Many on the Left, on the other hand, take many of the same assumptions for granted, but just put a different spin on them. In order to be an effective anti-imperialist, friend of liberation struggles, social reformer, and so forth, you have to sacrifice democracy. The rump Stalinist Left – which embraces Castro because he identified as a ‘Marxist-Leninist’ – certainly accepts some version of this idea. They might not admit it, but they do. They wouldn’t be tankies otherwise. (It’s actually disconcerting how today’s generation of neo-tankies conform to Orwell’s diagnosis of the British Stalinists of his day, with their displaced patriotism finding refuge in power worship directed towards the Stalinist edifice… but that’s another rant.)
(A little disambiguation might be in order here: I identify as a Marxist. That means I think Karl Marx was right enough about enough stuff enough of the time to make it worthwhile to identify with his thought, and at least some of the subsequent elaborations upon it. I wouldn’t call myself a Leninist as such, but I certainly find much in Lenin’s political writing and practice to admire. I certainly would not, however, describe myself as a ‘Marxist-Leninist’, since ‘Marxism-Leninism’ was the name given to the political religion of the Stalinist state. It is, in my view, a crude and mechanistic creed, often little more than an apologia for Soviet state tyranny and Soviet Russian imperialism, which has little real connection to the dynamic and inspirational ideas of the two thinkers from whom it fatuously derives its name. It derives a great deal of its terminology from Marxism, but perverts it, or empties it of meaning and substance, especially through its vulgarisation of the Dialectic. It stifles rather than encourages thought and originality, and has almost always proved the enemy of real revolution from below. Suffice to say, a great many people have been Marxists and/or Leninists without being ‘Marxist-Leninists’. Indeed, some of the sternest opponents of ‘Marxism-Leninism’ have been Marxists and Leninists.)
In a strange way, the Stalinists have always had more in common with the Right, and also with reformist Leftists, in the Western democracies, than any of them know. We’ve already mentioned how both the Right and some on the Left agree on the essentially tyrannical nature of socialism, even if they’d put different value judgements on this. But a similar thing applies to the non-Stalinist Left. After all, both the Stalinists and the reformist Left are committed to the idea that socialism can be constructed in one country, in isolation from the rest of the world, and without a global movement. Both believe that socialism can be imposed from above, top down, by a relatively small group of socialists who take over the state on behalf of the working class (by revolution or coup in the one case, by elections in the other). Both believe that the power of the state is fundamentally what creates and implements socialism, and that achieving socialism is thus simply a matter of reforming the state so that it becomes a socialist institution.
In practice, reformist socialist parties in the West were content to preside over the continuation of the capitalist system but with a few tweaks. Big tweaks, sometimes. Good tweaks, often. The NHS in Britain, for instance… or land reform in Cuba. But simply tweaks nonetheless. In practice, reformist socialist parties in Europe did not do much about radically democratizing their own societies, let alone dismantling their empires (when they found themselves running countries which had empires). Indeed, in practice, reformist left-wing European governments often found themselves behaving in highly reactionary ways once in power, and tended to be as vicious, cynical and racist in their administration of empire as their conservative opponents had been. This isn’t because they were TRAITORS!!!!! (though plenty of them were reprehensible hypocrites and backsliders). It’s rather because they found themselves administering the capitalist-imperialist system rather than abolishing and replacing it, and the structural pressures of the system made it impossible to do anything else.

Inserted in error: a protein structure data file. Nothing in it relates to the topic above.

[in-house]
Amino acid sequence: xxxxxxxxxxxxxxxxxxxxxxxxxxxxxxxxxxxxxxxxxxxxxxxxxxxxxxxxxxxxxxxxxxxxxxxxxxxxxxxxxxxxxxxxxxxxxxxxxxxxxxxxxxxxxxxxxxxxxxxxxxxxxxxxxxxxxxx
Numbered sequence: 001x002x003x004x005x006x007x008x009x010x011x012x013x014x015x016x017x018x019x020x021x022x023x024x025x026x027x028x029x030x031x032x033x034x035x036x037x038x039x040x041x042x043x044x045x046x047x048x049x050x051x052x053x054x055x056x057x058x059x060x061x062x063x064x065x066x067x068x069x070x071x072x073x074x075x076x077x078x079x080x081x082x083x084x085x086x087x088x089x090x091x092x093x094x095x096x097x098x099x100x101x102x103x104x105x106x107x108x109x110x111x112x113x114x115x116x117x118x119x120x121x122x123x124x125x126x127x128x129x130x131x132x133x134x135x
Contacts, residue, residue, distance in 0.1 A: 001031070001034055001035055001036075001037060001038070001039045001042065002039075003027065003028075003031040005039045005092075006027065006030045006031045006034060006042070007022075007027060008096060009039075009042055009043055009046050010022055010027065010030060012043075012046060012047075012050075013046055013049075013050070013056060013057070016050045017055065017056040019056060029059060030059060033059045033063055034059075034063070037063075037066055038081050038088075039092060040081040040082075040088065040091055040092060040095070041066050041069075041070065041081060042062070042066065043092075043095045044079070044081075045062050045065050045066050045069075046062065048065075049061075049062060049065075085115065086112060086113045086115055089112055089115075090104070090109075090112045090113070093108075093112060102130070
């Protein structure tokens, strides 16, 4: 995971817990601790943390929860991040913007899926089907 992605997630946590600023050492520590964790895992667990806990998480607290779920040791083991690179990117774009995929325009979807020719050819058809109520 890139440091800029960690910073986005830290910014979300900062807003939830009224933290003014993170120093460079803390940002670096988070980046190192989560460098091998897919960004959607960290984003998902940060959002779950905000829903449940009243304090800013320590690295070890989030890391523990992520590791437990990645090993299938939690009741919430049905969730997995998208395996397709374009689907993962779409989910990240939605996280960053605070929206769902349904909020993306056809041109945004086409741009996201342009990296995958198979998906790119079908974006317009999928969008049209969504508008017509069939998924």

This is essentially the story of the Stalinist countries as well. In the absence of the world revolution for which the Bolsheviks hoped – and which very nearly happened – the Russian revolution was isolated. Blockaded, starved, impoverished, attacked, invaded, and plunged into civil war against quasi-fascist counter-revolutionaries (funded and armed by the West), the revolution could not hope to achieve its aims. It had to fight simply to survive. And the fight very nearly destroyed it but for a rump bureaucracy. To cut a long story short: Stalinism was the result. And Stalinism was predicated on the idea that you could build ‘socialism in one country’ – a notion absolutely contrary to both Marx and Lenin’s ideas. Stalinism was based on the idea that the rulership of the state, and state ownership of all means of production, was essentially the same thing as socialism. This idea has more support in Marx and Lenin at different times, but it is highly arguable that both ultimately grew beyond it, and both based their temporary support for this idea on the assumption that the state in question would be a ‘workers’ state’, i.e. a state controlled from below by the working class. Lenin made allowances for the exigences of war, but his ultimate idea was always that the state would come back under the rule of the workers. This didn’t happen in Stalinist Russia, for complex and contingent historical reasons that aren’t really covered by yelling “1984!” at people. But in the Stalinist state that emerged, there was no radical workers’ democracy. There was the rule of a Communist Party. The claim was that the Soviet state was a workers’ state because it was ruled by the Communist Party, and the Communist Party was the party of the working class, ergo the working class controlled the state. A nonsense, of course. But is it really all that different to the assumptions underlying Western representative democracy? The government is ultimately responsible to us, and represents us, because it is run by a party that was elected by us. The logic is similar because it describes something similar. Now, I’m not saying it’s ‘the same’, or that Soviet bureaucratic tyranny wasn’t worse. It was. I’m just pointing out the family resemblance between cousins.